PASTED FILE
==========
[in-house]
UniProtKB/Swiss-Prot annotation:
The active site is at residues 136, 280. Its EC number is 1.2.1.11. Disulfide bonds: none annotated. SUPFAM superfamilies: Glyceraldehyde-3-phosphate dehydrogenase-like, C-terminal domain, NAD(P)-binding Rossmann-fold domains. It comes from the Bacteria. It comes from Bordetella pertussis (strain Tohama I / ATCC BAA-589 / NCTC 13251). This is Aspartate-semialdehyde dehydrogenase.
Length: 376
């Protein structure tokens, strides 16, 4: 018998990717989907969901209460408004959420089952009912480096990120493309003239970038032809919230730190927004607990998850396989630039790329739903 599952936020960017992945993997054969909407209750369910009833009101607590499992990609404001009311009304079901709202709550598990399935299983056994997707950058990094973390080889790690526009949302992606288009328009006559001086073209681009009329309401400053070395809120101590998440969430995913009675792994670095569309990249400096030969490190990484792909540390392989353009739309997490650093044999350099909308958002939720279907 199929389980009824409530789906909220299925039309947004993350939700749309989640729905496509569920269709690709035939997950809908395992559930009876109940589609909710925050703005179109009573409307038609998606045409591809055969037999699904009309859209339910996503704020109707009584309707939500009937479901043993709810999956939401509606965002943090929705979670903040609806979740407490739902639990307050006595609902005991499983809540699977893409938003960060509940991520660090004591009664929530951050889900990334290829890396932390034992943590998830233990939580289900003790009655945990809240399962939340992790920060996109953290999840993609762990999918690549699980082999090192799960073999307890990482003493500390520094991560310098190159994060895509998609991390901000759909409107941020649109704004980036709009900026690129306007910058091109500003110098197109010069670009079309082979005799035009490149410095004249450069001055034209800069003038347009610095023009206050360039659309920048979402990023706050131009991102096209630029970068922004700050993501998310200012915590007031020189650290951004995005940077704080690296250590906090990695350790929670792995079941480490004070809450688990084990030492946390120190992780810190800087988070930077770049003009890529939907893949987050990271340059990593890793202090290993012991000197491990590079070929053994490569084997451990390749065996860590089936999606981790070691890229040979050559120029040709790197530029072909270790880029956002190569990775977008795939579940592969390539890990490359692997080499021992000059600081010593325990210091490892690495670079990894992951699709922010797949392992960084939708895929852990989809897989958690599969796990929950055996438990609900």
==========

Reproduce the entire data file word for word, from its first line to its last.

[in-house]
UniProtKB/Swiss-Prot annotation:
The active site is at residues 136, 280. Its EC number is 1.2.1.11. Disulfide bonds: none annotated. SUPFAM superfamilies: Glyceraldehyde-3-phosphate dehydrogenase-like, C-terminal domain, NAD(P)-binding Rossmann-fold domains. It comes from the Bacteria. It comes from Bordetella pertussis (strain Tohama I / ATCC BAA-589 / NCTC 13251). This is Aspartate-semialdehyde dehydrogenase.
Length: 376
């Protein structure tokens, strides 16, 4: 018998990717989907969901209460408004959420089952009912480096990120493309003239970038032809919230730190927004607990998850396989630039790329739903 599952936020960017992945993997054969909407209750369910009833009101607590499992990609404001009311009304079901709202709550598990399935299983056994997707950058990094973390080889790690526009949302992606288009328009006559001086073209681009009329309401400053070395809120101590998440969430995913009675792994670095569309990249400096030969490190990484792909540390392989353009739309997490650093044999350099909308958002939720279907 199929389980009824409530789906909220299925039309947004993350939700749309989640729905496509569920269709690709035939997950809908395992559930009876109940589609909710925050703005179109009573409307038609998606045409591809055969037999699904009309859209339910996503704020109707009584309707939500009937479901043993709810999956939401509606965002943090929705979670903040609806979740407490739902639990307050006595609902005991499983809540699977893409938003960060509940991520660090004591009664929530951050889900990334290829890396932390034992943590998830233990939580289900003790009655945990809240399962939340992790920060996109953290999840993609762990999918690549699980082999090192799960073999307890990482003493500390520094991560310098190159994060895509998609991390901000759909409107941020649109704004980036709009900026690129306007910058091109500003110098197109010069670009079309082979005799035009490149410095004249450069001055034209800069003038347009610095023009206050360039659309920048979402990023706050131009991102096209630029970068922004700050993501998310200012915590007031020189650290951004995005940077704080690296250590906090990695350790929670792995079941480490004070809450688990084990030492946390120190992780810190800087988070930077770049003009890529939907893949987050990271340059990593890793202090290993012991000197491990590079070929053994490569084997451990390749065996860590089936999606981790070691890229040979050559120029040709790197530029072909270790880029956002190569990775977008795939579940592969390539890990490359692997080499021992000059600081010593325990210091490892690495670079990894992951699709922010797949392992960084939708895929852990989809897989958690599969796990929950055996438990609900």